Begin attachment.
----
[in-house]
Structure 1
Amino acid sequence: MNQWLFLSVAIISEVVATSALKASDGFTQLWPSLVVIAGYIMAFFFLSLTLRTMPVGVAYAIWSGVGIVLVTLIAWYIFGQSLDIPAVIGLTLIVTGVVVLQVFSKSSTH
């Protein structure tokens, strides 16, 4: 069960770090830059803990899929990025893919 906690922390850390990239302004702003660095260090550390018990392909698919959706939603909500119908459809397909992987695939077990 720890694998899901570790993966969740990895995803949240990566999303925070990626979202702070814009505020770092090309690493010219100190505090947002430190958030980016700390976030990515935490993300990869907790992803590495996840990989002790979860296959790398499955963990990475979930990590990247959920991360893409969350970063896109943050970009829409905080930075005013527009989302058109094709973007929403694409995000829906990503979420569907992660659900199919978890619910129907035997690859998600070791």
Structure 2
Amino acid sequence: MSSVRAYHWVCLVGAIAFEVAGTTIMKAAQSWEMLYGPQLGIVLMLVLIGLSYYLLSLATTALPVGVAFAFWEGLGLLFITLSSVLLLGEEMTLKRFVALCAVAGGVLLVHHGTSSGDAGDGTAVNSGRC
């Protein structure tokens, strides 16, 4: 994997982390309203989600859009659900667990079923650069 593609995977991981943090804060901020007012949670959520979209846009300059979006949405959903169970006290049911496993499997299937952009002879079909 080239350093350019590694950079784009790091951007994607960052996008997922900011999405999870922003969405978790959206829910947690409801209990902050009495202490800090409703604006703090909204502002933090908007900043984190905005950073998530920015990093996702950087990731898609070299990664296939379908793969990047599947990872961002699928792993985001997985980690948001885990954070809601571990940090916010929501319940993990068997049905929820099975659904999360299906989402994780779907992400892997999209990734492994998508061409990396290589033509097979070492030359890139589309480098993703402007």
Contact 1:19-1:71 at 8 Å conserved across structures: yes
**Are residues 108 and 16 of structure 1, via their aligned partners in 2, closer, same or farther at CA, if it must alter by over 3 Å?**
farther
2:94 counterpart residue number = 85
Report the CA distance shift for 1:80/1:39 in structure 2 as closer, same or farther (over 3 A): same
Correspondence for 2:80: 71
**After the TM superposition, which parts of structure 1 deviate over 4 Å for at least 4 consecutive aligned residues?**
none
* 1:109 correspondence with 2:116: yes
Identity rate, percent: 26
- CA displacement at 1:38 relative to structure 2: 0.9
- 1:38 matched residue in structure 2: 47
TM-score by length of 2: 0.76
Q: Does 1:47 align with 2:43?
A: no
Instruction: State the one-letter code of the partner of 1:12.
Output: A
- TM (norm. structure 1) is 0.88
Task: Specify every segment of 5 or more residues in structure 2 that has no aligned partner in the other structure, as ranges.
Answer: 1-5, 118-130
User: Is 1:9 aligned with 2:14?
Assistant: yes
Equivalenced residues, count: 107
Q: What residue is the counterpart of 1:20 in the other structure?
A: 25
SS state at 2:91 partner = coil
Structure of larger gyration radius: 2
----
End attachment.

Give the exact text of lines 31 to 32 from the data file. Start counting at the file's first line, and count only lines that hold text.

Q: What residue is the counterpart of 1:20 in the other structure?
A: 25